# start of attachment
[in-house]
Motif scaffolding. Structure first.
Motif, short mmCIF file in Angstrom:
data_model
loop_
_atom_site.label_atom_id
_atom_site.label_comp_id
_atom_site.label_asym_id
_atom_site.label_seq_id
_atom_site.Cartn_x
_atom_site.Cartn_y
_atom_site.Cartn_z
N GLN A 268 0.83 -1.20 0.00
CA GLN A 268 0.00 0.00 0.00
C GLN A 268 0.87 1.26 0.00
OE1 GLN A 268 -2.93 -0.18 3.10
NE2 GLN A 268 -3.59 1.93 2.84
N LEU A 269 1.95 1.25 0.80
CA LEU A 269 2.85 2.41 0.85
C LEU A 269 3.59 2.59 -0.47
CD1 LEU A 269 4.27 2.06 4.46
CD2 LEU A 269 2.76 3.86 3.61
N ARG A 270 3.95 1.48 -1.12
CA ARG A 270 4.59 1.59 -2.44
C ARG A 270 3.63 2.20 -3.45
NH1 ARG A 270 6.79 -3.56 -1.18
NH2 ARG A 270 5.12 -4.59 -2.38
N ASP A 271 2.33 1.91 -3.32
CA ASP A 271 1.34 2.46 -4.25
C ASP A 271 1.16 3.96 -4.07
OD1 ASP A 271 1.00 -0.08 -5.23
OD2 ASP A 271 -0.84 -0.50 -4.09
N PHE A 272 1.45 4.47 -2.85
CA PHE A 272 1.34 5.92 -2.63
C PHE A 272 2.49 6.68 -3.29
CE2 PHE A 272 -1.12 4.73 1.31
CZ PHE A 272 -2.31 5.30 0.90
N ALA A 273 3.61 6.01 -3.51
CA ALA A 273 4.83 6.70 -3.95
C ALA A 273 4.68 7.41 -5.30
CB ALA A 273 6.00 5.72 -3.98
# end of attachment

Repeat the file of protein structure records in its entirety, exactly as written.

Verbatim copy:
[in-house]
Motif scaffolding. Structure first.
Motif, short mmCIF file in Angstrom:
data_model
loop_
_atom_site.label_atom_id
_atom_site.label_comp_id
_atom_site.label_asym_id
_atom_site.label_seq_id
_atom_site.Cartn_x
_atom_site.Cartn_y
_atom_site.Cartn_z
N GLN A 268 0.83 -1.20 0.00
CA GLN A 268 0.00 0.00 0.00
C GLN A 268 0.87 1.26 0.00
OE1 GLN A 268 -2.93 -0.18 3.10
NE2 GLN A 268 -3.59 1.93 2.84
N LEU A 269 1.95 1.25 0.80
CA LEU A 269 2.85 2.41 0.85
C LEU A 269 3.59 2.59 -0.47
CD1 LEU A 269 4.27 2.06 4.46
CD2 LEU A 269 2.76 3.86 3.61
N ARG A 270 3.95 1.48 -1.12
CA ARG A 270 4.59 1.59 -2.44
C ARG A 270 3.63 2.20 -3.45
NH1 ARG A 270 6.79 -3.56 -1.18
NH2 ARG A 270 5.12 -4.59 -2.38
N ASP A 271 2.33 1.91 -3.32
CA ASP A 271 1.34 2.46 -4.25
C ASP A 271 1.16 3.96 -4.07
OD1 ASP A 271 1.00 -0.08 -5.23
OD2 ASP A 271 -0.84 -0.50 -4.09
N PHE A 272 1.45 4.47 -2.85
CA PHE A 272 1.34 5.92 -2.63
C PHE A 272 2.49 6.68 -3.29
CE2 PHE A 272 -1.12 4.73 1.31
CZ PHE A 272 -2.31 5.30 0.90
N ALA A 273 3.61 6.01 -3.51
CA ALA A 273 4.83 6.70 -3.95
C ALA A 273 4.68 7.41 -5.30
CB ALA A 273 6.00 5.72 -3.98